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Showing posts from October, 2010

Speaking, Job Hunting... Health Issue

I haven't had much time for personal writing, even the creative writing I have been pursuing this year. I've made two public speaking appearances this month, both two hours long. Thankfully, one was a panel discussion so I wasn't speaking nearly as much. The academic job hunt has continued, subdued after last year. The applications have also taken a great deal of time. One university required four applications, though all four fell under one job description. I'm certain there's a legal reason for this, but it was a lot of work because they wanted so many documents. Not only did you have to submit the documents online, they asked applicants to mail copies of the documents, too. The main reason I've only managed eight-hour days is that I'm dealing with some medical issues. I am anemic, with severely low hemoglobin and iron levels. Last time this happened, two years ago, I ended up spending Christmas Eve in the hospital getting a blood transfusion. On the posit

Reflecting with Jo

Yesterday I spent several hours holding one of our cats, Jordan, knowing she needed love and attention. It was, sadly, the end of her battle against the ravages of age. I don't know how strange it is, but I spent much of the time telling her how much I enjoyed various things she did throughout life. I whispered to her and told her how much she had meant to me during the roughest patches of life. She would fade in and out of sleep, exhausted. I've read research pointing increasingly towards emotions, memories, and even self-awareness in animals. I want to believe that Jordan knew how much I loved her as a companion. Jordan and her sister, Mimi, have been with us for almost as long as my wife and I have lived together. That means they have been through the good and bad with us. I thought about those times a lot over the last few days as Jordan needed more care and attention. For all my shortcomings, and they are many, the one thing I am certain I have done "right" for


The word "community" is overused in academic fields, but it is the best word for what it on my mind today. I closed "The Autistic Place" today. It was meant to be an online community dedicated to issues of autism and education. The reality is, however, that online communities come and go so rapidly that what was popular a year or two ago is often "inactive" now. There are dozens of Yahoo groups that are dedicated to autism. Most of these were active five years ago, but have since fallen out of favor with users. Just as the Usenet groups and most "listservs" have faded away in the last five years, so have many online forums. The Internet has accelerated the speed with which a community grows, propers, and then declines. The timeline of the Internet is punctuated by technologies and business ideas that were "hot" for a moment. When is the last time you used IRC or read a newsgroup? Remember CompuServe? Prodigy? And Netscape was near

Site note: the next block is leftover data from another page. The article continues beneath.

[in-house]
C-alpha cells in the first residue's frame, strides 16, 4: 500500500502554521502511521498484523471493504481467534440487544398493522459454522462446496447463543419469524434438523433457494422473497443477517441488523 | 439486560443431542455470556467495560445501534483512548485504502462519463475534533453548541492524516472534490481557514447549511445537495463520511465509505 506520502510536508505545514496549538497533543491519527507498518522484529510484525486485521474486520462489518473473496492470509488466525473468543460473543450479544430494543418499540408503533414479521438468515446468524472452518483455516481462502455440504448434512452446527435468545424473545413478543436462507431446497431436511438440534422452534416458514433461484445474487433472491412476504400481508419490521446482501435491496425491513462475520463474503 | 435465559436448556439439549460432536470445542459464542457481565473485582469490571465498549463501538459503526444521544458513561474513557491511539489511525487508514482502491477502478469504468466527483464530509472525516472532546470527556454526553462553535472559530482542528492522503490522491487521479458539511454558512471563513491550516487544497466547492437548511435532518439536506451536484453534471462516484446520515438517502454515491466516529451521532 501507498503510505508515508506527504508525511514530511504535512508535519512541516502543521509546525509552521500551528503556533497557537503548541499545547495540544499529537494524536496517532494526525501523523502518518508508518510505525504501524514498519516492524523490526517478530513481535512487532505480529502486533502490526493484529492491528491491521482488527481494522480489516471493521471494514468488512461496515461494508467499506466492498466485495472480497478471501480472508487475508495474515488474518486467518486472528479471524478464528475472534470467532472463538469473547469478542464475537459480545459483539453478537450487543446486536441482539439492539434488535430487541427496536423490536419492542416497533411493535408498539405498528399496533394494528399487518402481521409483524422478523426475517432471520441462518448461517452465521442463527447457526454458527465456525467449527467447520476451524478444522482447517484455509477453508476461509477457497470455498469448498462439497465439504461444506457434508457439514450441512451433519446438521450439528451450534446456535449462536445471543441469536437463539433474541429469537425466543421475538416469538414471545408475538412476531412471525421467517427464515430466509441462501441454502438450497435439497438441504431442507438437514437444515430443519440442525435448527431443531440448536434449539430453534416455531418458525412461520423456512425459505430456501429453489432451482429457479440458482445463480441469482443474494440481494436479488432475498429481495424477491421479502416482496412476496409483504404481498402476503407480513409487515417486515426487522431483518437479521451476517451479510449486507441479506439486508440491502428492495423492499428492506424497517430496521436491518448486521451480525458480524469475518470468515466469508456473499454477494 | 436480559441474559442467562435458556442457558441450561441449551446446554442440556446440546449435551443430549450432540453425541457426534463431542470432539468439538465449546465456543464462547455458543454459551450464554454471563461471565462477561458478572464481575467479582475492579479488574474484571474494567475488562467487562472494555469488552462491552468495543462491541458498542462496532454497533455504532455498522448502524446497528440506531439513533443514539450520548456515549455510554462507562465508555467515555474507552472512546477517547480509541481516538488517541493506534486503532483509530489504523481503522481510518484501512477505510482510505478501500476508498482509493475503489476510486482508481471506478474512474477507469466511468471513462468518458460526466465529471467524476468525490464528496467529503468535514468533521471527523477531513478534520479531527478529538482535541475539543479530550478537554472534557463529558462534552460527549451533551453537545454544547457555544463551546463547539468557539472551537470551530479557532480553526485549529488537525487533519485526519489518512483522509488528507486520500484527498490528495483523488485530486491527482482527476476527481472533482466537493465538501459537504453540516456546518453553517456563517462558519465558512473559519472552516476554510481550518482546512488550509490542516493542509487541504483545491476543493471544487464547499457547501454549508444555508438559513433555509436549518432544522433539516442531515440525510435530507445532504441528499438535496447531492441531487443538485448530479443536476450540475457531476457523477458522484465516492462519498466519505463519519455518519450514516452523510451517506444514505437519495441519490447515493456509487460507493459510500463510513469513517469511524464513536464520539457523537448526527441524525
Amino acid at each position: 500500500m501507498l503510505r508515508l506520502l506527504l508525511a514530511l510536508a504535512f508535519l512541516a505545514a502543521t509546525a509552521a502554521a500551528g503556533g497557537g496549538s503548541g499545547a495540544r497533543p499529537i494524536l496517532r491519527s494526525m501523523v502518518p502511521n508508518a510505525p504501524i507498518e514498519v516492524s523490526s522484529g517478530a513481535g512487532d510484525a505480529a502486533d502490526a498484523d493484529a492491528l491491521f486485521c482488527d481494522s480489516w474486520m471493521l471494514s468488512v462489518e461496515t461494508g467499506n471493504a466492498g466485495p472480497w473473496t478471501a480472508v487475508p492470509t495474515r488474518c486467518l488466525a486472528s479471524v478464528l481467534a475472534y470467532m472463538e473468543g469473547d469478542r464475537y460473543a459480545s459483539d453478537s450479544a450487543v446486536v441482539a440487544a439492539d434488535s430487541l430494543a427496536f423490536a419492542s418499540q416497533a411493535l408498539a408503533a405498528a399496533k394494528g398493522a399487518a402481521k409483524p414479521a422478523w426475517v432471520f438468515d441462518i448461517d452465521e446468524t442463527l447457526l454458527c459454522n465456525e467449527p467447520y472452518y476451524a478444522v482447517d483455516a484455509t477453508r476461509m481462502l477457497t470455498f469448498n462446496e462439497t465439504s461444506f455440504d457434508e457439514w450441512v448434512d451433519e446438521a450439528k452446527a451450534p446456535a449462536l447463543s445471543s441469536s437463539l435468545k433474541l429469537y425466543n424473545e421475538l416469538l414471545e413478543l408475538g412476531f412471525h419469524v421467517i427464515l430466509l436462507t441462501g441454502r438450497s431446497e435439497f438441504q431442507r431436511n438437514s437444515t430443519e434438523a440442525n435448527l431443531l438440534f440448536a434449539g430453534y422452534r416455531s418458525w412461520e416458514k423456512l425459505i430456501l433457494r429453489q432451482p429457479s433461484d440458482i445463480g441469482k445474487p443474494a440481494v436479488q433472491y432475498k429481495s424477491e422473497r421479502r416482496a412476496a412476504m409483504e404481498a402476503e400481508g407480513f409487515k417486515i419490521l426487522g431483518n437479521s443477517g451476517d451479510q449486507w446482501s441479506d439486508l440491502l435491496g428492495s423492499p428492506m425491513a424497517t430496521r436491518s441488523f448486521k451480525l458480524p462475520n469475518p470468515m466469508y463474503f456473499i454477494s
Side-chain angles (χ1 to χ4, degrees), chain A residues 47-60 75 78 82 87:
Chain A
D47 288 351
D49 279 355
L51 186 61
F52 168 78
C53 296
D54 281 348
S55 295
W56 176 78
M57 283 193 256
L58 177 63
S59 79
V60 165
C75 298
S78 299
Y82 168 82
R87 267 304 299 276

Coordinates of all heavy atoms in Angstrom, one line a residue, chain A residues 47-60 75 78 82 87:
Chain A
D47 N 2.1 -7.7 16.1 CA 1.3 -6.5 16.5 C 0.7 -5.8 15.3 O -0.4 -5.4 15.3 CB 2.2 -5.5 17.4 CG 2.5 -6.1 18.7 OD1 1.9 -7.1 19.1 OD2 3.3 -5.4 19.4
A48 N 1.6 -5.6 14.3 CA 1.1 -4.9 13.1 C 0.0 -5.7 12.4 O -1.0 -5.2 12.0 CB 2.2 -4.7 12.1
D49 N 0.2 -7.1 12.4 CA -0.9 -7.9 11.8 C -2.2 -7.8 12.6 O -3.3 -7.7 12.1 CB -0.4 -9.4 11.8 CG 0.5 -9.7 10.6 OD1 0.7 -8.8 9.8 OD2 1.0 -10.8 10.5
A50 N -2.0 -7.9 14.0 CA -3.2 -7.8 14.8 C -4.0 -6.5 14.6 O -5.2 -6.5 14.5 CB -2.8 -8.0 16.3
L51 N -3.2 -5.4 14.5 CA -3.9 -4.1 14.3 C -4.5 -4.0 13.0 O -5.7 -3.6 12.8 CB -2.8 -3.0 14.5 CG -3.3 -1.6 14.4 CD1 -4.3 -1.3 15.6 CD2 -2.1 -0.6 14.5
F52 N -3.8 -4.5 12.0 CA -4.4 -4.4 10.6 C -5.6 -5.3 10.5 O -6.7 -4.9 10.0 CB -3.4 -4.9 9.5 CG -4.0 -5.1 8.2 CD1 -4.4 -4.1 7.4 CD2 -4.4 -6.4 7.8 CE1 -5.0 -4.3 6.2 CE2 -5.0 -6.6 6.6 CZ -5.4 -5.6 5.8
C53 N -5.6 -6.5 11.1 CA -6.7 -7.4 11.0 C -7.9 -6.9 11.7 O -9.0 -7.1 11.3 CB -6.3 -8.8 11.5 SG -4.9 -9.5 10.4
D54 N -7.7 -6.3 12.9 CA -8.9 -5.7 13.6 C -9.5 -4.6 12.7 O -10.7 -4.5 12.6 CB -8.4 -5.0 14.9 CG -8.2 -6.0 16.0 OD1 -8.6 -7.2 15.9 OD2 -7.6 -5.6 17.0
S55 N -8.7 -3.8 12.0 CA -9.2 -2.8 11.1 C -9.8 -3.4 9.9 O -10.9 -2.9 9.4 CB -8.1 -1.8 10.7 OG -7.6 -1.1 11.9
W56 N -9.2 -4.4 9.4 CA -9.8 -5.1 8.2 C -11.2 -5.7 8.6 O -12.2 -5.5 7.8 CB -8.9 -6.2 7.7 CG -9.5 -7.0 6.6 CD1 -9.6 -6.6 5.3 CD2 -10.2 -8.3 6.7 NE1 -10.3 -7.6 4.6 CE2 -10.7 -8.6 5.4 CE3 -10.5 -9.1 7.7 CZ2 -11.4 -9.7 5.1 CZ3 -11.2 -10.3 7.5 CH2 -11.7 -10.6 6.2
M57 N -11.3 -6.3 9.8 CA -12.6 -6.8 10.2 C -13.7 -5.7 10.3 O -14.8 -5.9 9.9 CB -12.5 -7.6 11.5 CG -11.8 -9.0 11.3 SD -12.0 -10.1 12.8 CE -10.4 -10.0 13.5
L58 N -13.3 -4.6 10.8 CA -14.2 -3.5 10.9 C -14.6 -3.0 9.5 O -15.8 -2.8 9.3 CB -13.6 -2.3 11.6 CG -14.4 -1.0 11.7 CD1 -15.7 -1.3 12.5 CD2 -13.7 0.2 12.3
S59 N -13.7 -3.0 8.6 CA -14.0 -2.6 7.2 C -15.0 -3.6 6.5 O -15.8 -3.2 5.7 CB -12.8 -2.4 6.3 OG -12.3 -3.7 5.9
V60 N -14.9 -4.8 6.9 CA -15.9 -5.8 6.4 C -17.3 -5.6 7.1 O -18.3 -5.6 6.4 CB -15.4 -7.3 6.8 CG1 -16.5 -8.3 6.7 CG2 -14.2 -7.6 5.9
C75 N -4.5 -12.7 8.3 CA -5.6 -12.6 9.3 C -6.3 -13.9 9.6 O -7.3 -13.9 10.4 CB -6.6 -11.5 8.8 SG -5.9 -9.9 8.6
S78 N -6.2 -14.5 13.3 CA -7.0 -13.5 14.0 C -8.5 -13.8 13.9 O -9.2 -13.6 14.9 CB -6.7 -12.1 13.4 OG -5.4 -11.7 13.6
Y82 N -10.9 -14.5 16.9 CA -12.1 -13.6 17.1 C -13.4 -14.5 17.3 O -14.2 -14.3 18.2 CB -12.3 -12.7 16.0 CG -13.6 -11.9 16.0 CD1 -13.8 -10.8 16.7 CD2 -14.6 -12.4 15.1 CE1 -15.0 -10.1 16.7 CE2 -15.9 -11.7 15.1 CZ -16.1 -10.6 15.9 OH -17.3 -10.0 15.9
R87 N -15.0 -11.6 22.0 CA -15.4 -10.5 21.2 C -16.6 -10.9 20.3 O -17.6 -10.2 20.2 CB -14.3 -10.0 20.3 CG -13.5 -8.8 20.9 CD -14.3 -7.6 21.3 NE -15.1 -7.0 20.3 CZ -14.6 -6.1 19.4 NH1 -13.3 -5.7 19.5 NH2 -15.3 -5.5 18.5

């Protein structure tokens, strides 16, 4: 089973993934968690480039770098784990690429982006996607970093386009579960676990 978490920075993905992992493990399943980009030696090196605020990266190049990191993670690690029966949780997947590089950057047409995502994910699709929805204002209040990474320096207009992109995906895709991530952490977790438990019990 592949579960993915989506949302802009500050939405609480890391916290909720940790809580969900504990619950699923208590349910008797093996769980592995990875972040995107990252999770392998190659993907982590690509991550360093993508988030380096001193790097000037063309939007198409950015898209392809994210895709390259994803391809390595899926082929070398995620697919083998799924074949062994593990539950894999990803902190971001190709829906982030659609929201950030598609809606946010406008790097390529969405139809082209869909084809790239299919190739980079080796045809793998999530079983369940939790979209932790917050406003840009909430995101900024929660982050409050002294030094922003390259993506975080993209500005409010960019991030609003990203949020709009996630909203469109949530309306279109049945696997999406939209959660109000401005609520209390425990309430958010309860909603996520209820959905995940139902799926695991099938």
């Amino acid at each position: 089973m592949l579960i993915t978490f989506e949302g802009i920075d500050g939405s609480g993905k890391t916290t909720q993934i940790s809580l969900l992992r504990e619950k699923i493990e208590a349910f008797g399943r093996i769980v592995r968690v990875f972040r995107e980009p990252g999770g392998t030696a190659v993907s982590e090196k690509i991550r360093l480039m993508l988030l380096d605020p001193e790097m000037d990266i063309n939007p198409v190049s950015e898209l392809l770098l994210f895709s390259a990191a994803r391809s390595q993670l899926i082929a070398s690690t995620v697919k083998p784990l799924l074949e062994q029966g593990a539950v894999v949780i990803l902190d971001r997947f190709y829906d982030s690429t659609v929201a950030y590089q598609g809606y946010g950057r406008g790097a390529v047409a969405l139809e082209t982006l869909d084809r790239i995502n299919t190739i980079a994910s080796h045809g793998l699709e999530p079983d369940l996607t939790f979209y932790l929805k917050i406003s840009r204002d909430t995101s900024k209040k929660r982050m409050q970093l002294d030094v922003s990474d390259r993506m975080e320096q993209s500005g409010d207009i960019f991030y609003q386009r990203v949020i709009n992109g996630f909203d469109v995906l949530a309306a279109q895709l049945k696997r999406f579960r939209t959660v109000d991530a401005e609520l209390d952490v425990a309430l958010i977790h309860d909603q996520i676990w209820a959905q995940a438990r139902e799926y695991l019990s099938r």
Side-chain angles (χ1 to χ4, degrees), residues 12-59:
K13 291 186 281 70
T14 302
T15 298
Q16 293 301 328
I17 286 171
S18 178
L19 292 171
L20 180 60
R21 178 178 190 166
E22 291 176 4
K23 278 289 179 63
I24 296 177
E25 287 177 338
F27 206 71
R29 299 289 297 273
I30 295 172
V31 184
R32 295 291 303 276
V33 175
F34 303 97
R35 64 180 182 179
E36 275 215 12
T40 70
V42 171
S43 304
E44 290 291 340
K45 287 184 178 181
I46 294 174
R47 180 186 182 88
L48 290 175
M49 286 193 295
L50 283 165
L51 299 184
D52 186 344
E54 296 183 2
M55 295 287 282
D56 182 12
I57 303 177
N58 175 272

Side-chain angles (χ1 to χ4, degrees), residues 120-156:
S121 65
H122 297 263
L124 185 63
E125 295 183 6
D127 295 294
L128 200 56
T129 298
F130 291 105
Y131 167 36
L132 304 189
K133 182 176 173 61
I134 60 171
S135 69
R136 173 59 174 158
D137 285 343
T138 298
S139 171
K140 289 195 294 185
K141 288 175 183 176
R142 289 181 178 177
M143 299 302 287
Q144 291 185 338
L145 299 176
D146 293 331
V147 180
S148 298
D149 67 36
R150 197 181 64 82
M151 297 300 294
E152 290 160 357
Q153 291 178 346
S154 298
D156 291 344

Plans to Close The Autistic Place

This blog is continuing but in the next week or two, I will be terminating The Autistic Place -- a failed attempt to create a Web portal for all things autism. The Autistic Me has many readers and seems to serve a purpose. While I might be recognizing the impossibility of establishing a thriving portal in a virtual world with far too many autism-related Web sites, I am not going to stop blogging. In fact, I think terminating the relatively inert portal is going to free up a little tiny bit of time and energy to focus on other tasks. Updating the Drupal CMS and the backend databases proved to take a few hours every month. Yet, there were never any active users for the Web site. For those seeking autism-related portals, there are many of them. I was unable to create something better -- and definitely not able to fund any sort of advertising campaign to launch a portal. One of the things I am noticing is that the Internet itself is evolving. The mailing lists I have read for years are slo

Decompressing, Sometimes

When I am anxious, there are a few things that sometimes help decompress. These things do not work always, but most of the time they do. Because I don't like street noises, which are particularly painful, I seek out isolated park-like areas when I am not home. In Dallas earlier this year, I found several amazing park-like settings, include an enclosed mall with a duck pond and sculpture garden. Parks, arboretums, and gardens are followed closely by museums and galleries. The worst places for me are urban downtown areas. Even the park areas are often too close to the buildings and streets. If I am at home, I turn to cartoons and family entertainment, from Disney to Warner Brothers. I love films with a family pulling together in the end. How can you feel bad after a Pixar movie? Friends and family always win the day in a good movie. I do seal the windows, close the curtains, and drink herbal teas when I am at home and anxious. I do not want to think about where we live, which is much